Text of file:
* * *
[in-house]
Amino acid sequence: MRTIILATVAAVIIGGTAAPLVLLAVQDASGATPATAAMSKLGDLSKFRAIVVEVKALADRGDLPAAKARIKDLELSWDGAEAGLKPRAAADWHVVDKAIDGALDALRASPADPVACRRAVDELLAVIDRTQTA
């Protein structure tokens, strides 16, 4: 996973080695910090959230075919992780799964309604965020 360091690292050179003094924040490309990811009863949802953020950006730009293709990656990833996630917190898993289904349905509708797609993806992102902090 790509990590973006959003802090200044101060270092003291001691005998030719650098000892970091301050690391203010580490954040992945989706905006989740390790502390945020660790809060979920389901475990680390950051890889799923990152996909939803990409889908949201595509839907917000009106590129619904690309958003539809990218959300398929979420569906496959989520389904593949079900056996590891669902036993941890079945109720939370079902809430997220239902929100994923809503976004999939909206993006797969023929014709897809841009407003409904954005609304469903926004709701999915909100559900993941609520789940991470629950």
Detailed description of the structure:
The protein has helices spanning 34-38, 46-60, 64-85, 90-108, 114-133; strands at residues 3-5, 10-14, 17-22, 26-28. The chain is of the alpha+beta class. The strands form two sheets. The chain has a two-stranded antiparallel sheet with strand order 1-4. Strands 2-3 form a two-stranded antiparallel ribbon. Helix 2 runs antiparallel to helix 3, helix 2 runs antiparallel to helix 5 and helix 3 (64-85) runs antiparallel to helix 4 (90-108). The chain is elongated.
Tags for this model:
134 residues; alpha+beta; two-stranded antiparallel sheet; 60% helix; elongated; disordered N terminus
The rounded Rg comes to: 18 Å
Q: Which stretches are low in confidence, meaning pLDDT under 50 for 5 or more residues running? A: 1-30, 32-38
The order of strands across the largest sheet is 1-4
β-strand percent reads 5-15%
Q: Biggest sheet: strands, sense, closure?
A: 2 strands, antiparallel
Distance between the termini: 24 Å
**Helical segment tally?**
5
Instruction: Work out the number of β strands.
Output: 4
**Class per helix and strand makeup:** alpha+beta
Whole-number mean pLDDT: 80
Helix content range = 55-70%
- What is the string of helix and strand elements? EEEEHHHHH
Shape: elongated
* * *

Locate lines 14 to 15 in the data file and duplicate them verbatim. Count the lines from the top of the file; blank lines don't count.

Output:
Distance between the termini: 24 Å
**Helical segment tally?**